Autonomous Trucks Are Coming to a Road Near You: The Kiplinger Letter

What does the rollout of autonomous trucks and cars mean for the commercial sector?

To help you understand the driving force behind autonomous trucks and cars, and what we expect to happen in the future, our highly experienced Kiplinger Letter team will keep you abreast of the latest developments and forecasts (Get a free issue of The Kiplinger Letter or subscribe). You'll get all the latest news first by subscribing, but we will publish many (but not all) of the forecasts a few days afterward online. Here’s the latest…

Autonomous trucks are slowly hitting the road, mostly on interstates in Texas and the Southwest, with a human driver on board, standing by, or traveling in platoons behind a lead truck driven by a person. Maersk is running Kodiak Robotics trucks between warehouses in Houston and Oklahoma City with a safety driver. Daimler plans to offer the service commercially by 2027. Many other companies are in the space as well, so there is likely to be a first-mover advantage that will cause consolidation among companies by the end of the decade. 

Other current players in the sector that are likely to be ready to go, in the near future, are Aurora Innovation and Gatik, the latter focusing on short-haul. TuSimple had been expected to be an immediate player, but they may be shifting focus to China. New entrants include Waabi, Stack AV, and Applied Intuition, which bought out the bankrupt Embark. Waymo Via will focus on taxis and ride-hailing for now.

The rollout of autonomous trucks will be modest at first. For now, the tech is more advanced than society’s acceptance of autonomous trucks. The American Automobile Association surveyed its members about autonomous vehicles in general, and 68% responded that they were afraid of them. Governor Newsom of California recently vetoed a bill that would require a safety driver in all autonomous trucks. 

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The industry will need to build up a strong safety record to convince the public, insurers and lawmakers that wider adoption is suitable. The companies will also need to provide assurances about cyber-security risks. Until these happen, autonomous trucks will need safety drivers or be limited to interstate travel only, platooning behind a person-driven truck. This means that more transfer hubs will be needed on interstates, where autonomous trucks can pick up a driver or switch with manned trucks.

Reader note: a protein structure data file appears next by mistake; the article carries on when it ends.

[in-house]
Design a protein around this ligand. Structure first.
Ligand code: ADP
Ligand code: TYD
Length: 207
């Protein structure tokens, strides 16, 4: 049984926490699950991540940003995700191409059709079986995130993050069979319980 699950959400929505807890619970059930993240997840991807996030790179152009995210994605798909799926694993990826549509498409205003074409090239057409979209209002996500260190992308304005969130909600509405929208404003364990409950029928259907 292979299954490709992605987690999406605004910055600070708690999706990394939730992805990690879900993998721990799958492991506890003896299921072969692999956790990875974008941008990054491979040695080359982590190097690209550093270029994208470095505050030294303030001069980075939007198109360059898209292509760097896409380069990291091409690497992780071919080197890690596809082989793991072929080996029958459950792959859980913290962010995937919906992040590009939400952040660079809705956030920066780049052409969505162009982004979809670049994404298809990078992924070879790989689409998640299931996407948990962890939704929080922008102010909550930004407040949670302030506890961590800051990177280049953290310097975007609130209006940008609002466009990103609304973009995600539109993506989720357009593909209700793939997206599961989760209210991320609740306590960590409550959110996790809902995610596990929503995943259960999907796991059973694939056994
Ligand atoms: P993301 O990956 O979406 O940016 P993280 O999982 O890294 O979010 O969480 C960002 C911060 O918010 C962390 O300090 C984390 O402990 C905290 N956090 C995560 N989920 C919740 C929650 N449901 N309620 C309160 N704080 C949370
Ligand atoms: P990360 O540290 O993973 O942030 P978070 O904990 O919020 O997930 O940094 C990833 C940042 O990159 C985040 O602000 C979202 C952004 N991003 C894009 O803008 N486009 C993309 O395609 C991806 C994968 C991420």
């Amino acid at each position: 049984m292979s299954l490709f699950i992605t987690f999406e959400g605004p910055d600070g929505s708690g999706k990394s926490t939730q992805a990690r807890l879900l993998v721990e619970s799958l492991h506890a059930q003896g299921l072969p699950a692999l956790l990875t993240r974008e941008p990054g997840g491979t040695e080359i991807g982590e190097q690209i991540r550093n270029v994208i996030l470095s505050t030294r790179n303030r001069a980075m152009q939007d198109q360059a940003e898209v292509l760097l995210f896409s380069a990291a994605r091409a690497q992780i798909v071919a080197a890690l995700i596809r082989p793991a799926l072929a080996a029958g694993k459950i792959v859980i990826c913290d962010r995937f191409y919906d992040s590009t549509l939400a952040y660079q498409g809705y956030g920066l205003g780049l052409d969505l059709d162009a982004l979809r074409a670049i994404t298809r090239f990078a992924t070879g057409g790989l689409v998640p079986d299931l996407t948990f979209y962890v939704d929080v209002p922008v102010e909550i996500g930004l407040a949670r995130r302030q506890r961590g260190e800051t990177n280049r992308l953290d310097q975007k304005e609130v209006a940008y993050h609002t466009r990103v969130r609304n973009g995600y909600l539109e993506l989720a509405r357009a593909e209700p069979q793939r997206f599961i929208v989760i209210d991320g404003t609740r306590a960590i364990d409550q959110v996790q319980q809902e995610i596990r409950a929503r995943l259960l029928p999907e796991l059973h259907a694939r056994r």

Look for more manufacturers to offer fee-for-service instead of purchase, such as what John Deere does with its driverless tractors. Not to mention how driverless trucks will intensify labor strife. Port workers’ unions are already pushing back against automation and truck drivers will face the same issue.

This forecast first appeared in The Kiplinger Letter, which has been running since 1923 and is a collection of concise weekly forecasts on business and economic trends, as well as what to expect from Washington, to help you understand what’s coming up to make the most of your investments and your money. Subscribe to The Kiplinger Letter.

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David Payne
Staff Economist, The Kiplinger Letter

David is both staff economist and reporter for The Kiplinger Letter, overseeing Kiplinger forecasts for the U.S. and world economies. Previously, he was senior principal economist in the Center for Forecasting and Modeling at IHS/GlobalInsight, and an economist in the Chief Economist's Office of the U.S. Department of Commerce. David has co-written weekly reports on economic conditions since 1992, and has forecasted GDP and its components since 1995, beating the Blue Chip Indicators forecasts two-thirds of the time. David is a Certified Business Economist as recognized by the National Association for Business Economics. He has two master's degrees and is ABD in economics from the University of North Carolina at Chapel Hill.